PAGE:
17. ^ BBC. Chocolate Soldier From the USA (PDF). WNKU - NKU's National Public Radio station. Archived from the original (PDF) on 9 June 2010. US Broadcast 
  18. ^ Amnesty: The Journal of the British Section of Amnesty International, Issues 59-86. The Section. 1993. p. 79. Black soldiers who fought in the European theatre of operations in World War II were treated shamefully - and still are, said Marc Jobst 
  19. ^ "Archived copy". Archived from the original on 29 January 2006. Retrieved 17 January 2013. 
  20. ^ "Rwanda - The Betrayal". Witness. 16 May 1996. Channel 4. Archived from the original on 18 January 2013. Library Synopisis "The atrocities in Rwanda two years ago, when members of the Hutu majority slaughtered thousands of men, women and children from the Tutsi minority, are thought to be the worst committed since the Nazi holocaust. The programme examines how this could be allowed to happen in a country where 70% of the population is Catholic. The programme talks to the survivors and asks why the churches were unable to provide sanctuary for the terrified people who fled there for protection. Also examines the moral confusions faced be people confronting personal disaster, including a Hutu woman whose own brother took part in the murder of her Tutsi husband and children" 
  21. ^ Lindsey Hilsum (16 May 1996). Channel Four Witness "Rwanda - The Betrayal" presented by Lindsey Hilsum produced and directed by Peter Bate of Blackstone Pictures (Video). Rwanda: Channel 4. Archived from the original on 11 October 1997. I think the ethnic element was at play. In the country, according to official propaganda it was Tutsis who had attacked the Hutus, for certain. So there were some even among the priests and perhaps the bishops who believed that it was legitimate defence to kill people of the other ethnic groups."..."How can they be good Christians, those who destroyed the church? They killed people inside the church, then came to pray in it. People fled to the church. They thought they would be saved but it became the worst place to be. It was where most people died.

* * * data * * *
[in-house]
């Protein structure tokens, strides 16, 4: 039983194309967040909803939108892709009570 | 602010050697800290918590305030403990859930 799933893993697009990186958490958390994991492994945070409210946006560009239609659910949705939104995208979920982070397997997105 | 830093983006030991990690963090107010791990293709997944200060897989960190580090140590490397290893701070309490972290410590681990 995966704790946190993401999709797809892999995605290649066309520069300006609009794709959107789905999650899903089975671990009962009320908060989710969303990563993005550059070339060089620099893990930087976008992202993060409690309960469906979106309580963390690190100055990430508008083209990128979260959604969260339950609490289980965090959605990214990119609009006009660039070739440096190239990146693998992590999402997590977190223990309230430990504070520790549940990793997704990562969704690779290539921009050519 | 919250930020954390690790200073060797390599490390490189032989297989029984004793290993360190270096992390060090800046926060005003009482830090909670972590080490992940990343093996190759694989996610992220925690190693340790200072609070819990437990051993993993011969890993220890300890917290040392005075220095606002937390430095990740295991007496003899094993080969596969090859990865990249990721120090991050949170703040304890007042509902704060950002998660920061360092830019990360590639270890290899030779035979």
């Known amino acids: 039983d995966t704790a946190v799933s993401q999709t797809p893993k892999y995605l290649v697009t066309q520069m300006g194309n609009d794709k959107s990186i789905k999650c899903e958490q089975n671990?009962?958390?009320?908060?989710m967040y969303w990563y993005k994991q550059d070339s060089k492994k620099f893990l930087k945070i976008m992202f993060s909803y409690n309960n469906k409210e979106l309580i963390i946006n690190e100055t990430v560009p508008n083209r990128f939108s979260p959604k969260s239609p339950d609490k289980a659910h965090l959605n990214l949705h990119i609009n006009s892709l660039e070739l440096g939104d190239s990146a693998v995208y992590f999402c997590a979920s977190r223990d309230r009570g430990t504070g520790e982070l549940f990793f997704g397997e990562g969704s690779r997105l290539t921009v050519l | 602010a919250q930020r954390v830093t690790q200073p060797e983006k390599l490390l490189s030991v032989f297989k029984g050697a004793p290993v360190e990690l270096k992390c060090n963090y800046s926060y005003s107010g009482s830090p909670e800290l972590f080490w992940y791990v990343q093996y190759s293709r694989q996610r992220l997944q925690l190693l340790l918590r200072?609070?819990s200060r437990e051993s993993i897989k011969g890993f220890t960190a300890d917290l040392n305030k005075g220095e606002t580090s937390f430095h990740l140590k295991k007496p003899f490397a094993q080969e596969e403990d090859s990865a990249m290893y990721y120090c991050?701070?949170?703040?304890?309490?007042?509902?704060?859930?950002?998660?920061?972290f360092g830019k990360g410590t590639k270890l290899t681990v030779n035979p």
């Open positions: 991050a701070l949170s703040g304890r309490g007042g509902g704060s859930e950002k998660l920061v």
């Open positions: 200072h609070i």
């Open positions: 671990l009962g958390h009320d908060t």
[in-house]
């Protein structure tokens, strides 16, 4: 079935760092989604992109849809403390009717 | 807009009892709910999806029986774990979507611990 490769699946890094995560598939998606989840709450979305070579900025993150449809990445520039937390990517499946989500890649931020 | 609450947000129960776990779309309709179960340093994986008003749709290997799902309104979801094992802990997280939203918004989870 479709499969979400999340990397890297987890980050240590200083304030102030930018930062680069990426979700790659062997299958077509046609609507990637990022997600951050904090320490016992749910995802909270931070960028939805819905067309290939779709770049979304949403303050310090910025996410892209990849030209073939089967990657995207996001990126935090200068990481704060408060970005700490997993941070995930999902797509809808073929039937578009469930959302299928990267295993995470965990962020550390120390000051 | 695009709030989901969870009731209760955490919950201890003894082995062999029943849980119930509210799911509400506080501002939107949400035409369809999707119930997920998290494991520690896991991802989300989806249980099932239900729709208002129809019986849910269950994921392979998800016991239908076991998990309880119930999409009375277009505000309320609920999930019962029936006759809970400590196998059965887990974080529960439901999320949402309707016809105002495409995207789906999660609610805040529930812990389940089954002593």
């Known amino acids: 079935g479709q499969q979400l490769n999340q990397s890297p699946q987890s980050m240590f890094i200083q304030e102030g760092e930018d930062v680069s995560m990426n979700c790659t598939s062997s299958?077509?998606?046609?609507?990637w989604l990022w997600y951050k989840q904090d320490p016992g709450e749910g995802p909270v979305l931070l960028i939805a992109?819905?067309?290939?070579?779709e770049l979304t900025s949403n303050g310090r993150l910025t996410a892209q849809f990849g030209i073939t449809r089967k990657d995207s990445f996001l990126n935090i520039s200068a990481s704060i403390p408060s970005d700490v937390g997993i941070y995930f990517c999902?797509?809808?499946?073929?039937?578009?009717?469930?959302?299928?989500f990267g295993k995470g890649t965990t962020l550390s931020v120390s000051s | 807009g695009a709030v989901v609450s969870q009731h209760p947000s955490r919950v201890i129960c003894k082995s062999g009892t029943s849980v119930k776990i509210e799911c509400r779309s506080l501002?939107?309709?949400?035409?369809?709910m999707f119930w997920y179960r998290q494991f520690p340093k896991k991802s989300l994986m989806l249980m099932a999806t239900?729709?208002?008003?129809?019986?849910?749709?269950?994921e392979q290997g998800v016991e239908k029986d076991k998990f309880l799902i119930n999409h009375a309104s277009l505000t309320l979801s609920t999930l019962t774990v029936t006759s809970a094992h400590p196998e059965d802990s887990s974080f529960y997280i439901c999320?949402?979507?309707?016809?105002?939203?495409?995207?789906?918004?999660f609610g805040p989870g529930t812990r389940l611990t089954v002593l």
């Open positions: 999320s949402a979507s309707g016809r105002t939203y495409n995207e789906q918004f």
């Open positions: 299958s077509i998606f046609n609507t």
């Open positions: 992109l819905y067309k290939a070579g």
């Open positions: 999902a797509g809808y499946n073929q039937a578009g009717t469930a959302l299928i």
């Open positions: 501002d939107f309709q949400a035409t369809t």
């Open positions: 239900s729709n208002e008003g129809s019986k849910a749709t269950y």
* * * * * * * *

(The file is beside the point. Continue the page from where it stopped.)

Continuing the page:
22. ^ "Archived copy". Archived from the original on 29 January 2006. Retrieved 17 January 2013. 
  23. ^ Saira Shah. Afghanistan: Taliban Regime – Ref: BSP281096024. ITV Networks, ITN. 'Hunger itself is a weapon. My children cling to me and beg for food. They'd be better off dying instantly from a rocket.' Since the Taliban came to power, she hasn't been able to leave her home to search for food, because she says she cannot obey the demands that she must be covered from head to foot. 'They don't care about my problems. A full length veil costs twelve pounds. I can't afford that. I can't even afford food.' At this orphanage boys still receive a basic education but since the Taliban arrived the girls remain locked away on the top floor of the building. Visitors are shown around the boys areas only. 
  24. ^ Saira Shah. Afghanistan: Taliban Regime – Ref: BSP281096036. ITV Networks, ITN. Channel Four smuggled the camera inside the girls floor. There are 75 of them here crammed into a couple of rooms. Facilities are basic. The girls lessons have been stopped. They've spent the last 4 weeks in their dormitories. 'We used to go outside to play, but since the Taliban came we can't,' says this girl. Only 2 female staff members have braved the Taliban to come into work. They're angry at the conditions here. 

External links[edit]